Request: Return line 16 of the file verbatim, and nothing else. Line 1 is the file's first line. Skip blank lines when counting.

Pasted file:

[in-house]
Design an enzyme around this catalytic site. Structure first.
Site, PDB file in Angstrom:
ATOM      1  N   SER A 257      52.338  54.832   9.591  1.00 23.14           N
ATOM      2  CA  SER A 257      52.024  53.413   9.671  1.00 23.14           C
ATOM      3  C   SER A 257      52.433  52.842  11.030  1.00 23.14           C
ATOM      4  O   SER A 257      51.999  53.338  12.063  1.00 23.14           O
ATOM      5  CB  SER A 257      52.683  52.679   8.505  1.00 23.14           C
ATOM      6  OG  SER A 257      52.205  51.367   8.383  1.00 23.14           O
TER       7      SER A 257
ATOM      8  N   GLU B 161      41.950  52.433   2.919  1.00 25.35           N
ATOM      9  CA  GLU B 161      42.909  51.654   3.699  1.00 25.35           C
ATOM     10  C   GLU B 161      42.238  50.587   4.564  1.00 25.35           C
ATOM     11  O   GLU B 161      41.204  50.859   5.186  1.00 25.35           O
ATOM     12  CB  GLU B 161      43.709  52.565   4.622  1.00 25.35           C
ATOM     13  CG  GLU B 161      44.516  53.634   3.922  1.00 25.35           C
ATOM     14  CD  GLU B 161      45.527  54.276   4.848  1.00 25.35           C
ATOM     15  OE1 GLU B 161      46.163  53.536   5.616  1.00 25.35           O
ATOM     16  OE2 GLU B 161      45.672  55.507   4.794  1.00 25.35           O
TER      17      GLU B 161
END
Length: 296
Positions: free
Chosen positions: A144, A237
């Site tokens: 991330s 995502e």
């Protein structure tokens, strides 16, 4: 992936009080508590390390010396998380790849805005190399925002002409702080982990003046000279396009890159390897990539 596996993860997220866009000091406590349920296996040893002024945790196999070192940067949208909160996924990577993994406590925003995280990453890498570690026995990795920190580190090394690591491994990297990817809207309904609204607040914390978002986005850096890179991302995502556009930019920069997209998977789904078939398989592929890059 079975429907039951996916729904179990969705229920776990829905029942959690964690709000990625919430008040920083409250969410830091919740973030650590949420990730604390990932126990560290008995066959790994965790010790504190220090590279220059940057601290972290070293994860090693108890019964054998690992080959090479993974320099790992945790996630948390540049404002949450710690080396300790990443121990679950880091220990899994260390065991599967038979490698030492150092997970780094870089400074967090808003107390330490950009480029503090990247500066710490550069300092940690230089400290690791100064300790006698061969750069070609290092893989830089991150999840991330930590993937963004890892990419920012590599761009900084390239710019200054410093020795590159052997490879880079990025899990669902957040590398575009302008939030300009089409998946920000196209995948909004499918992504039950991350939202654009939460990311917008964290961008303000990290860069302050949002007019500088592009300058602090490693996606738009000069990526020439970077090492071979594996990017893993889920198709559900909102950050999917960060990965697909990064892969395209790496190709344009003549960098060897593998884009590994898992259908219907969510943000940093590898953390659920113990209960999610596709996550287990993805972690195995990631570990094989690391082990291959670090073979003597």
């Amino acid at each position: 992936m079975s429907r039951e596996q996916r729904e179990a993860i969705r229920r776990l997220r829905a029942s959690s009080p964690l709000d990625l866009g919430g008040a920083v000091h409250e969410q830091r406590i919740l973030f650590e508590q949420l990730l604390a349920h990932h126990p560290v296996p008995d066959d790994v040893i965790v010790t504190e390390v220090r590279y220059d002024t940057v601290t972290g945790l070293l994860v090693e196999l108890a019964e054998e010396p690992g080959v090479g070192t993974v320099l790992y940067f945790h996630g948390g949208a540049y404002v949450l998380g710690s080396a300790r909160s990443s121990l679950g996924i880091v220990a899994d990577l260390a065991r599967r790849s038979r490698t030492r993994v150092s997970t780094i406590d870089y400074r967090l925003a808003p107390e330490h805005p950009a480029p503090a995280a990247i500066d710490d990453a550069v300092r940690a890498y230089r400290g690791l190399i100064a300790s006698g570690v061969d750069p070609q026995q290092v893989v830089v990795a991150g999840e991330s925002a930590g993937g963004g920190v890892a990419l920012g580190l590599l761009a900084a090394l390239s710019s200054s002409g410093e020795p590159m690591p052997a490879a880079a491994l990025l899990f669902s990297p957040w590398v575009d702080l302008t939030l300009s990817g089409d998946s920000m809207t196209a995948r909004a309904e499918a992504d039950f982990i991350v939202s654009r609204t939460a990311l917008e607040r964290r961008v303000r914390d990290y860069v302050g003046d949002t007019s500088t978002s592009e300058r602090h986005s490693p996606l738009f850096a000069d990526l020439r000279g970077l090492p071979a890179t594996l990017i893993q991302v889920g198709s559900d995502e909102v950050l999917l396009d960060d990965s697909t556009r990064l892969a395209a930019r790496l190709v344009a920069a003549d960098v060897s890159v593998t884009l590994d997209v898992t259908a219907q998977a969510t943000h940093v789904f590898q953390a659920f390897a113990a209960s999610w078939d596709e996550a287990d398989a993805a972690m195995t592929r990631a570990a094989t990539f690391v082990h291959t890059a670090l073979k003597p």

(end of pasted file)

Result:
ATOM     13  CG  GLU B 161      44.516  53.634   3.922  1.00 25.35           C